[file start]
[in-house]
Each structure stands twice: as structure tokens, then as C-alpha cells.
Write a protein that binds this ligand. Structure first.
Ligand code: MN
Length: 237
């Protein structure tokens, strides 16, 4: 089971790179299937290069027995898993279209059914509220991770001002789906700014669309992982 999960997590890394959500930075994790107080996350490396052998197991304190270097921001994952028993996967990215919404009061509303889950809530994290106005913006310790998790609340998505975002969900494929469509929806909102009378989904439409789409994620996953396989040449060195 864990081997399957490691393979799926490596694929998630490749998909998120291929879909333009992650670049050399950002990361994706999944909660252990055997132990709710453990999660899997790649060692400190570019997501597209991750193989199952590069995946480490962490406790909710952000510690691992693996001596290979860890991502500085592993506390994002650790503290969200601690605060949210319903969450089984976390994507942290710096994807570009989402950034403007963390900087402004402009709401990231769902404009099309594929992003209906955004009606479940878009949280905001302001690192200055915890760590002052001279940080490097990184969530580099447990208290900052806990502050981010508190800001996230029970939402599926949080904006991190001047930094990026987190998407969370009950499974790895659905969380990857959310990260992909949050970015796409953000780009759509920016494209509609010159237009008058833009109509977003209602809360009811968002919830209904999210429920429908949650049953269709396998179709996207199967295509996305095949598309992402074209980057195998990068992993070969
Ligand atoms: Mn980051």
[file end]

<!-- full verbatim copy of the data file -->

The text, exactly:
[in-house]
Each structure stands twice: as structure tokens, then as C-alpha cells.
Write a protein that binds this ligand. Structure first.
Ligand code: MN
Length: 237
């Protein structure tokens, strides 16, 4: 089971790179299937290069027995898993279209059914509220991770001002789906700014669309992982 999960997590890394959500930075994790107080996350490396052998197991304190270097921001994952028993996967990215919404009061509303889950809530994290106005913006310790998790609340998505975002969900494929469509929806909102009378989904439409789409994620996953396989040449060195 864990081997399957490691393979799926490596694929998630490749998909998120291929879909333009992650670049050399950002990361994706999944909660252990055997132990709710453990999660899997790649060692400190570019997501597209991750193989199952590069995946480490962490406790909710952000510690691992693996001596290979860890991502500085592993506390994002650790503290969200601690605060949210319903969450089984976390994507942290710096994807570009989402950034403007963390900087402004402009709401990231769902404009099309594929992003209906955004009606479940878009949280905001302001690192200055915890760590002052001279940080490097990184969530580099447990208290900052806990502050981010508190800001996230029970939402599926949080904006991190001047930094990026987190998407969370009950499974790895659905969380990857959310990260992909949050970015796409953000780009759509920016494209509609010159237009008058833009109509977003209602809360009811968002919830209904999210429920429908949650049953269709396998179709996207199967295509996305095949598309992402074209980057195998990068992993070969
Ligand atoms: Mn980051």